When people point to ‘non’ racing presenters hosting the Grand National on the BBC it is worth bearing in mind that was a legacy of the days of ‘Grandstand’ where other sports were included as part of the National show and it was the ‘Grandstand’ anchor, such as David Coleman, Des Lynam or Sue Barker, that held it all together.
Quite simply Nick has the best credentials to host the Grand National for Channel 4, with his extensive experience of live television, his excellent knowledge of the sport and bar Clare, he is the best and best known presenter in racing.
I won’t be at Aintree this year as it clashes with the US Masters at Augusta which is just one of the highlights of the upcoming period for me. In addition to the excellent domestic action which I will be working on for Channel 4, I will also be involved in the broadcasts from the 2015 Dubai World Cup Carnival which gets underway in early January.
I have been out there for a few meetings since the season started back in October and seen how the new ‘dirt’ surface at Meydan has bedded in. It is clear that racing handy is a big advantage. Only two horses have made up significant ground from the back in a winning cause since the first race at the track in November.
One of that duo races on Thursday and is worth looking out for. His name is Faulkner. He’s a five-year-old who is unbeaten in two starts and has an enormous amount of potential. He steps up to seven furlongs for the first time and that looks right up his street.
The feature race on the card is the Al Maktoum Challenge Round 1 and Satish Seemar’s Surfer is sure to run well. He’s got a bit to find with Outstrip on official ratings but he’s proven he handles the surface and his well being when winning over course and distance just before Christmas.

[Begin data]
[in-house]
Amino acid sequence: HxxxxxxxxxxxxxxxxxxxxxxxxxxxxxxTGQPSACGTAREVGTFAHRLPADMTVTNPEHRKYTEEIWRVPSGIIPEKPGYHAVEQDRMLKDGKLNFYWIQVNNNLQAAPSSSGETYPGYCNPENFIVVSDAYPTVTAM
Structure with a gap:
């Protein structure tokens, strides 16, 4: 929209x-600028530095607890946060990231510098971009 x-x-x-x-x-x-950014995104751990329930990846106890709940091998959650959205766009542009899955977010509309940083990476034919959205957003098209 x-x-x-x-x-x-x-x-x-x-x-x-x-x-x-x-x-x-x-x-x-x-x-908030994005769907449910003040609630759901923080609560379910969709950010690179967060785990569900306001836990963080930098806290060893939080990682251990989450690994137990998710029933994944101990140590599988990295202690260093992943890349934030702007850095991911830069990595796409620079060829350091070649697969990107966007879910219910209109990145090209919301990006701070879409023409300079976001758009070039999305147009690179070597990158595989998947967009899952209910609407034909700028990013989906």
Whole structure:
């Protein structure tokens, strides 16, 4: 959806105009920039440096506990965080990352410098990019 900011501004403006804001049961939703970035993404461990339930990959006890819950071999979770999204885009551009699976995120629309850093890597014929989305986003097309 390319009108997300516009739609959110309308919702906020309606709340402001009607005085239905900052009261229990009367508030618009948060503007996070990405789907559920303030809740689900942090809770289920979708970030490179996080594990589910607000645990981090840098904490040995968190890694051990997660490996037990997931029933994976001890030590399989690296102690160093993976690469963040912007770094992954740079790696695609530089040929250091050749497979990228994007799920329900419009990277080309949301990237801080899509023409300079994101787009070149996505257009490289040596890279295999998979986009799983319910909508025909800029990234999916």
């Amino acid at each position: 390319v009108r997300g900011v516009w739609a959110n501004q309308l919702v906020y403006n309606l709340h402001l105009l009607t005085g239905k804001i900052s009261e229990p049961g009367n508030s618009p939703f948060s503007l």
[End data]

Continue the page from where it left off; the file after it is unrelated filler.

I’ll be having a bet on both those horses.
Cheltenham's first big meeting of the new season has come and gone but there were a few horses that I won't be forgetting in a hurry.
Naturally when watching National Hunt racing these days, any performance of note immediately leads to thoughts of the Festival in March. Some say it's a bad thing, others feel it's good. I sit firmly in the latter camp simply because those four days give context to all other events during the season yet doesn't detract from the significance of the really major races such as the Hennessy and the King George.
So on the back of what we saw last weekend here are three horses that may be worth following for the rest of the season and could conceivably end up at the Cheltenham Festival.
On Friday the Steel Plate and Sections Novices Chase produced a flimsy jumping test with the removal of six fences because of a low sun, nevertheless some good horses lined up for it and I'm certain that, although only 3rd, Urban Hymn remains a young staying chaser of serious potential.
He was a classy hurdler, finishing 7th in the Albert Bartlett at the Festival and started his chasing career with an excellent 2nd over an inadequate two miles at Carlisle, but given that he was a winner over a mile further during his hurdling career, the step up in trip last Friday should have suited.
However I was a little surprised that his rider, Brian Hughes, didn't make it more of a test and in the end he was beaten by two speedier types in Champagne West and Colour Squadron. Urban Hymn jumped soundly and it was another promising effort and there will be a big day ahead this season.
I felt the winner of Saturday's Paddy Power Gold Cup was not given enough credit in light of some tremendous efforts from the placed horses, notably runner-up John's Spirit. Yes Caid Du Berlais was getting plenty of weight from those closest in behind him but he palpably relishes Cheltenham.